OSC takes aim at crypto platforms

By James Langton | March 29, 2021 | Last updated on March 29, 2021
2 min read

Crypto-trading platforms have been given a three-week warning from the Ontario Securities Commission (OSC): inform regulators of their plans to comply with securities law, or face regulatory action.

The OSC’s shot across the bow of firms in the sector comes on the heels of new guidance from the Canadian Securities Administrators (CSA) and the Investment Industry Regulatory Organization of Canada (IIROC), which generally calls on firms engaged in retail trading of cryptoassets to register as a dealer and join IIROC.

In the wake of the new CSA-IIROC guidance, the OSC is demanding that crypto-trading platforms contact the regulator by April 19 to discuss their plans for compliance. “If a platform currently trading in derivatives or securities in Ontario does not do so by this date, steps will be taken to enforce applicable requirements under securities law,” the OSC said in a release.

The OSC reported that it has seen a “large increase” in the number of platforms offering crypto trading in Ontario. Platforms that aren’t registered with regulators pose “significant risks to investors because investors’ assets may not be adequately safeguarded, and internal controls to manage the risks of the business may be lacking or non-existent,” it said.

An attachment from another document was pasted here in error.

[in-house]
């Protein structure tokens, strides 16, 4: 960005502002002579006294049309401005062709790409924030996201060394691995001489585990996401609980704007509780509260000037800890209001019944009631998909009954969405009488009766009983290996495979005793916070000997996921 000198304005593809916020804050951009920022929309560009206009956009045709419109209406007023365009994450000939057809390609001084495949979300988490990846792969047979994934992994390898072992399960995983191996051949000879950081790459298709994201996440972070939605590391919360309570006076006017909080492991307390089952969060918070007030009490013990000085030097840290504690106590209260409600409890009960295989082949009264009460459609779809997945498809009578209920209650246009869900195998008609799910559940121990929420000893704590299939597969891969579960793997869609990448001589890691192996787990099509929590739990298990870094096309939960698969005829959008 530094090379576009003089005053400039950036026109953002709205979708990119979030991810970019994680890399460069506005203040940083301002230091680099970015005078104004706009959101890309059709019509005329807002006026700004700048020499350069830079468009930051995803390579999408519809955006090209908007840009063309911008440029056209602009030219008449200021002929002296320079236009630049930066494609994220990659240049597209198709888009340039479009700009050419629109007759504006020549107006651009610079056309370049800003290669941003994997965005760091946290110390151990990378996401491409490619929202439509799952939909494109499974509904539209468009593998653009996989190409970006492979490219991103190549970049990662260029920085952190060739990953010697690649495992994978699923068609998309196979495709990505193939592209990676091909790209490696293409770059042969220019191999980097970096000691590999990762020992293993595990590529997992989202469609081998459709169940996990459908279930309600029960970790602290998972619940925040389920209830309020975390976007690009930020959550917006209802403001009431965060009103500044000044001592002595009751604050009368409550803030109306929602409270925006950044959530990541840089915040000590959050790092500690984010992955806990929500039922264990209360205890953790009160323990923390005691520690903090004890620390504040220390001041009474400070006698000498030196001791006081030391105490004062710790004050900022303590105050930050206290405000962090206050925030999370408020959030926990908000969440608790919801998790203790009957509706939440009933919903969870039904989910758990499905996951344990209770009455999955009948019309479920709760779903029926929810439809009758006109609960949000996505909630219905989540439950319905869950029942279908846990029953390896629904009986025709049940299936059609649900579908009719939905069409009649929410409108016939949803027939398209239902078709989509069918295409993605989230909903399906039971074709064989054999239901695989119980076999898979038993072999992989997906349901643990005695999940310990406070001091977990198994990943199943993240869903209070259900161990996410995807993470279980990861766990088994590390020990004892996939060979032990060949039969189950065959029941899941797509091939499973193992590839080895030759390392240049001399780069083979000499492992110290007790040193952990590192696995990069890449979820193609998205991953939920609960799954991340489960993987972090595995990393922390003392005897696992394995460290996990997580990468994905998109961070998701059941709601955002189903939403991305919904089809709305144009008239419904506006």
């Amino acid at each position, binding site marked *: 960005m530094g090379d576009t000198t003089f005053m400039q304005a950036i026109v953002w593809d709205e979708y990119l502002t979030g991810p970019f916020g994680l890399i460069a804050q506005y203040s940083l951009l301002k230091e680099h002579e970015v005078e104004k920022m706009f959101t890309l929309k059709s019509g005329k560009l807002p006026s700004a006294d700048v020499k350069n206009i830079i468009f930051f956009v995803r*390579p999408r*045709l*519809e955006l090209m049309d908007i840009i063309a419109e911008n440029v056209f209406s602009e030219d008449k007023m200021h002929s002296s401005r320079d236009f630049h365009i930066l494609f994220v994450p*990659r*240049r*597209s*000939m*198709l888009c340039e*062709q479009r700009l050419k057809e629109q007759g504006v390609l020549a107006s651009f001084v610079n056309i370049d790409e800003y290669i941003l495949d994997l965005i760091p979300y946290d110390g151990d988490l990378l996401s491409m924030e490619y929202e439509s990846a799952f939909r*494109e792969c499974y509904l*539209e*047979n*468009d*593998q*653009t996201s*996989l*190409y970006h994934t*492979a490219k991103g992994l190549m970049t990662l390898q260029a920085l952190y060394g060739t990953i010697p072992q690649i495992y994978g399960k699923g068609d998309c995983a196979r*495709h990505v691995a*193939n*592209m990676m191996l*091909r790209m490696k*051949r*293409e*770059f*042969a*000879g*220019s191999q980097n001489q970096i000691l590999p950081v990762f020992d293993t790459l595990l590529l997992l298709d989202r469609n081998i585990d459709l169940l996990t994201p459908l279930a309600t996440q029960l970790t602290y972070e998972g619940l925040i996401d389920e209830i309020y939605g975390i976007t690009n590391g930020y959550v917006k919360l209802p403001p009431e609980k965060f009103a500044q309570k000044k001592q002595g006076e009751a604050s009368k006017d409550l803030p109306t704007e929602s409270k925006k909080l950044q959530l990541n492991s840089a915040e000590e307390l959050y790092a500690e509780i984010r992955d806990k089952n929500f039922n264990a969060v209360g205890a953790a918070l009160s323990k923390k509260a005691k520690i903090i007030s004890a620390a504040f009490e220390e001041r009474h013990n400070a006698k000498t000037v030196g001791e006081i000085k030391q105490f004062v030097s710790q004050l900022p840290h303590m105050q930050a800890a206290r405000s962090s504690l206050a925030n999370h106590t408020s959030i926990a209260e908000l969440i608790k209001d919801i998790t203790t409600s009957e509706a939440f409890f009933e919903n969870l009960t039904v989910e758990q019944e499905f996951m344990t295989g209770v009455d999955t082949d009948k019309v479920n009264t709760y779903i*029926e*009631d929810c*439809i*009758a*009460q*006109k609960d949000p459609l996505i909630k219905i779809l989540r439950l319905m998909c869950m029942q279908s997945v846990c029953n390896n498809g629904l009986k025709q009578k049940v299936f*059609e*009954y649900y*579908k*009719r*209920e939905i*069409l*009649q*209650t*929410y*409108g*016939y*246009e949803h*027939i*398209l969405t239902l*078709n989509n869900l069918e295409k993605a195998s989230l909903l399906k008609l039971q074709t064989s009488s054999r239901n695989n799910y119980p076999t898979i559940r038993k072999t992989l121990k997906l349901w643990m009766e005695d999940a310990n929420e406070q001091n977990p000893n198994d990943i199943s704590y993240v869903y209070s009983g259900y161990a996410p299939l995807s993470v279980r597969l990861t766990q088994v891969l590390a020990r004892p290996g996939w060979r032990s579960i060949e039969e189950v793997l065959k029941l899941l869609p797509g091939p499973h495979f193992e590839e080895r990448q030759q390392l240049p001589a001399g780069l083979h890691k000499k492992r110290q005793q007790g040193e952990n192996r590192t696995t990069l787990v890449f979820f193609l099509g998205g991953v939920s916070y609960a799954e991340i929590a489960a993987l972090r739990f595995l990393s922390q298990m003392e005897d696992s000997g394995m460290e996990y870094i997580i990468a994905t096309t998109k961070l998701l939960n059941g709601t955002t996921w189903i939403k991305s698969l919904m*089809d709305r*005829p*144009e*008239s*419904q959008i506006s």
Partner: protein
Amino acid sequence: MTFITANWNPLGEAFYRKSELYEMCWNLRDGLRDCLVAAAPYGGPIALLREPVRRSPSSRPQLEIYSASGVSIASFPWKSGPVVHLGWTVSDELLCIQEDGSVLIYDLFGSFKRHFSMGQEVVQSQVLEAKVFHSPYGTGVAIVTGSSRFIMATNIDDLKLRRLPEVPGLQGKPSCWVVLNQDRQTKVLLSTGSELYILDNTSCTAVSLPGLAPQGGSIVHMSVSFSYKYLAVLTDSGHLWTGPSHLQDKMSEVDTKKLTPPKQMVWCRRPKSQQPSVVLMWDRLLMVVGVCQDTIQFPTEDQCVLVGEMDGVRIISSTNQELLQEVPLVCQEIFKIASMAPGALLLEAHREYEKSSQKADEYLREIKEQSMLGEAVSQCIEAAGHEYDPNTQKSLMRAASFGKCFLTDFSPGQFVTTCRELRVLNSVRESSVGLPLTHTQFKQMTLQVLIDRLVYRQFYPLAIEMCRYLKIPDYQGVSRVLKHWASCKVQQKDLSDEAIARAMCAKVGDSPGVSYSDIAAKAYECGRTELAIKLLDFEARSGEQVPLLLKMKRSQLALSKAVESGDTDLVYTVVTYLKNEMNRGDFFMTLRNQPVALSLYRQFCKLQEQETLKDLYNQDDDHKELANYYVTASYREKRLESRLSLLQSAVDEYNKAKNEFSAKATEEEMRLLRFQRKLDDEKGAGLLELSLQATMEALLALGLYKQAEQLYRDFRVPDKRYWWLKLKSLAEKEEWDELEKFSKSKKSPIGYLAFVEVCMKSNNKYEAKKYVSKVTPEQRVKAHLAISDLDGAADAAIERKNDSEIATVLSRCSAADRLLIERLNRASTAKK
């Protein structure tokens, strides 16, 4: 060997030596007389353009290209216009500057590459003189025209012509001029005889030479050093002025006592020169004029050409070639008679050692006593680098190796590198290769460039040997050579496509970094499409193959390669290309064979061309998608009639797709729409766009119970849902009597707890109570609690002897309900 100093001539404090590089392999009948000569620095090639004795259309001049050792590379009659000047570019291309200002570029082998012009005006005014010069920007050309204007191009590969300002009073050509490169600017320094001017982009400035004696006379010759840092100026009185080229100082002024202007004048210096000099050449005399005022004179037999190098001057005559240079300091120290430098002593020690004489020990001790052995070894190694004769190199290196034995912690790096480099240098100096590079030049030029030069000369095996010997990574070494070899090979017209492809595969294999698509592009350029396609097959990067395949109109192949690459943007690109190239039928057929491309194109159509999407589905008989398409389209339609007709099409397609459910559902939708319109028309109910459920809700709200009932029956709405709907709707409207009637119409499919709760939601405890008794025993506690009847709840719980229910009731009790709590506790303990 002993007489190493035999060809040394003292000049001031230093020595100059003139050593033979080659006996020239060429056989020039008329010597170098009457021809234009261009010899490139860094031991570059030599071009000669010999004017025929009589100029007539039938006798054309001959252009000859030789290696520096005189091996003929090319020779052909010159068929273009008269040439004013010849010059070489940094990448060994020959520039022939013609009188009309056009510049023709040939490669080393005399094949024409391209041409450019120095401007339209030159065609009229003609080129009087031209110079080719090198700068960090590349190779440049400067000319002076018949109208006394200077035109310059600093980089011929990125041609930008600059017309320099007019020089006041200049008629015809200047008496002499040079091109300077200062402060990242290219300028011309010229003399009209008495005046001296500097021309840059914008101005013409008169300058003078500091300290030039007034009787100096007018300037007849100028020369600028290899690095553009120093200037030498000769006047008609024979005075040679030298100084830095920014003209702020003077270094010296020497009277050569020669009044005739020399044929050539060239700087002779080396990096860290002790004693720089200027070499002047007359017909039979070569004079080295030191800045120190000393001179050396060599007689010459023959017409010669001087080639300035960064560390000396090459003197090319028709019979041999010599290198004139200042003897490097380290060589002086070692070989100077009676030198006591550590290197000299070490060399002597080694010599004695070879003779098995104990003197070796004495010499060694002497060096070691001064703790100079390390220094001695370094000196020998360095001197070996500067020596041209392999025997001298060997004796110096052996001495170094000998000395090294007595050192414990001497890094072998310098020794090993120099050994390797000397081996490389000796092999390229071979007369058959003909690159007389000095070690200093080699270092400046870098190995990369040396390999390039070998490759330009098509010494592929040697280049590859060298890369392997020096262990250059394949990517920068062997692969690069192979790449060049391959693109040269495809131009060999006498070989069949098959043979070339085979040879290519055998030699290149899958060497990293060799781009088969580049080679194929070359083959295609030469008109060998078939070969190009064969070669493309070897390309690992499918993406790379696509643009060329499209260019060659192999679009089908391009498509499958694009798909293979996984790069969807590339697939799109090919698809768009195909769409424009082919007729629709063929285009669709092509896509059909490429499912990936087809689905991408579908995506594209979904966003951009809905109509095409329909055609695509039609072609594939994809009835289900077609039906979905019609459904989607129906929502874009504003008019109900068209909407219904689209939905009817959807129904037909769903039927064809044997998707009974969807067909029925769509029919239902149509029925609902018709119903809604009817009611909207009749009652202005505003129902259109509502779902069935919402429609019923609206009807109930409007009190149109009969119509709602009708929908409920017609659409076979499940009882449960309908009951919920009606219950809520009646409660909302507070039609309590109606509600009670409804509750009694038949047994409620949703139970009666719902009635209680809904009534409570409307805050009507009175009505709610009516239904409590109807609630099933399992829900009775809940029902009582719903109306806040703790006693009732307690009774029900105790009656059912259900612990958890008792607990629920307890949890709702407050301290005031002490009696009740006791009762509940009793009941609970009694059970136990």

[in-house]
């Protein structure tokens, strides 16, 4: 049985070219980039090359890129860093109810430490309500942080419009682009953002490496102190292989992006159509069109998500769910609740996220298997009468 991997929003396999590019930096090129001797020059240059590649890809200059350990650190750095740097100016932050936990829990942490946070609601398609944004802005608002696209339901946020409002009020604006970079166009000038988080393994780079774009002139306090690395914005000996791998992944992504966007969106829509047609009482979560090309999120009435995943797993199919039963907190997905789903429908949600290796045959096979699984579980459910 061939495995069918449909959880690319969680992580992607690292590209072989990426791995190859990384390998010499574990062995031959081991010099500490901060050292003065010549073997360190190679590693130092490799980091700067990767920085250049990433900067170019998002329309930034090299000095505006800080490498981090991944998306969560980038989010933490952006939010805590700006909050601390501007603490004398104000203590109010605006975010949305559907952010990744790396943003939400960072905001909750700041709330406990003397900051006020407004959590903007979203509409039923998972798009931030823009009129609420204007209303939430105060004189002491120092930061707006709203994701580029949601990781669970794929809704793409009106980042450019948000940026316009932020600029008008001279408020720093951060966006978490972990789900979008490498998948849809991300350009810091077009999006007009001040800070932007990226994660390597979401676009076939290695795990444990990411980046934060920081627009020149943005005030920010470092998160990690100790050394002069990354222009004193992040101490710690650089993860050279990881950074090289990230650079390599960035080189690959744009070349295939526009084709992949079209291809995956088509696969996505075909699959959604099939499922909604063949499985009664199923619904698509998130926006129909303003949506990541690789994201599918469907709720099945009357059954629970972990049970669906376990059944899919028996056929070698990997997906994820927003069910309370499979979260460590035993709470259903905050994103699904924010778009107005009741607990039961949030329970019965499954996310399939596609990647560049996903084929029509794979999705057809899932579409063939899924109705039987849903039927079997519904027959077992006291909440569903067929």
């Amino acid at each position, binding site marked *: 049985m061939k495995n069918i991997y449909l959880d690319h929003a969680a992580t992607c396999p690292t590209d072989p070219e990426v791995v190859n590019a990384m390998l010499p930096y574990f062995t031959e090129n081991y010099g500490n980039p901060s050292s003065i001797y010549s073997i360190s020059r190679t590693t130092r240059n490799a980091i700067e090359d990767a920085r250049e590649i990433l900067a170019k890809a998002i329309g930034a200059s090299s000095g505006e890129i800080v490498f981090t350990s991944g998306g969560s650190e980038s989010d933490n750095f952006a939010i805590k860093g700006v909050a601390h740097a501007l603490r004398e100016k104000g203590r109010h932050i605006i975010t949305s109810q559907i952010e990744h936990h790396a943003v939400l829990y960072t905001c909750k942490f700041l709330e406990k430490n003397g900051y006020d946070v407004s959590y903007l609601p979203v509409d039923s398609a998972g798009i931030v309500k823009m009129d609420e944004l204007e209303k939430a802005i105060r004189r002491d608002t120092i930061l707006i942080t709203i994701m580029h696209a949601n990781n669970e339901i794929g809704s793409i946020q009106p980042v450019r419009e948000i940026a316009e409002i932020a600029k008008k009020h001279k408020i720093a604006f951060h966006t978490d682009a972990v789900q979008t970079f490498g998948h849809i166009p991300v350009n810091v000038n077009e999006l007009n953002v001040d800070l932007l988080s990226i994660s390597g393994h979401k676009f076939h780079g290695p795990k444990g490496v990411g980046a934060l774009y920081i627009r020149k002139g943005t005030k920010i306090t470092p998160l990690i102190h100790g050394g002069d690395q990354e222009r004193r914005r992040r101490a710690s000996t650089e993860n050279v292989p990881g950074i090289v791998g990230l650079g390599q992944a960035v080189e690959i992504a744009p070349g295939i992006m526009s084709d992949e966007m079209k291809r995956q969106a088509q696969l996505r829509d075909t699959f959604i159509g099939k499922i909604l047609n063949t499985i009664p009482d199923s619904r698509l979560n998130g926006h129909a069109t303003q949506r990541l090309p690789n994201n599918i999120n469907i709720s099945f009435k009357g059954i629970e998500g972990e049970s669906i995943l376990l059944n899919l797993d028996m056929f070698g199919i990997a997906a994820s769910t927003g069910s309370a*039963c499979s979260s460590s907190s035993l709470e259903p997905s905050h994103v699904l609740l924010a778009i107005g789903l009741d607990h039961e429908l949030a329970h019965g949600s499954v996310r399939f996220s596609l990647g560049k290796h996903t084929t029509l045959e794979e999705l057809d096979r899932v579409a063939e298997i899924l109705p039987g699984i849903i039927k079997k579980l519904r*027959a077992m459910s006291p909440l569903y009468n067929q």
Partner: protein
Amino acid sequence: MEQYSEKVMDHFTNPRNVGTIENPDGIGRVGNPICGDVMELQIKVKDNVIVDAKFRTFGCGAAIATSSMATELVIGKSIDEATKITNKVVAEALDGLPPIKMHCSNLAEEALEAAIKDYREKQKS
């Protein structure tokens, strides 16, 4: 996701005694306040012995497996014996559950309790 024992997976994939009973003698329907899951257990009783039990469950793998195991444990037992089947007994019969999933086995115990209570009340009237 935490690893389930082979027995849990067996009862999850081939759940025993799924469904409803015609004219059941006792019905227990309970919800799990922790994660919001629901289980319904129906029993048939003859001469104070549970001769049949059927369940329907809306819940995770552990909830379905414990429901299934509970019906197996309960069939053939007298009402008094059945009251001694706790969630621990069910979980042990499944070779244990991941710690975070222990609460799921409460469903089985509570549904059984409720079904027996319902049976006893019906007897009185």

“Unregistered cryptoasset trading platforms expose Ontario investors to significant risks, including potential loss, theft and misuse of their assets. The recent explosion of unregistered platforms has magnified these risks,” said Grant Vingoe, chair and CEO of the OSC, in a statement.

At the same time, the OSC said that it’s also concerned about crypto-trading platforms that are seeking to go public, either through back-door listings (such as a reverse takeover, or a capital pool company transaction), or via an initial public offering (IPO).

“There are potential public interest concerns with a platform that is required to be registered, but that is not, becoming a reporting issuer,” it said. Platforms that are considering a public listing must also contact the regulator about those plans.

The OSC indicated that its demand for compliance applies to any platform that allows access by investors in Ontario, even if the platform itself is located outside the province.

“Regulatory oversight serves a critical role in investor protection, and we expect platforms to act swiftly to bring themselves into compliance with Ontario securities law,” Vingoe said.

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James Langton

James is a senior reporter for Advisor.ca and its sister publication, Investment Executive. He has been reporting on regulation, securities law, industry news and more since 1994.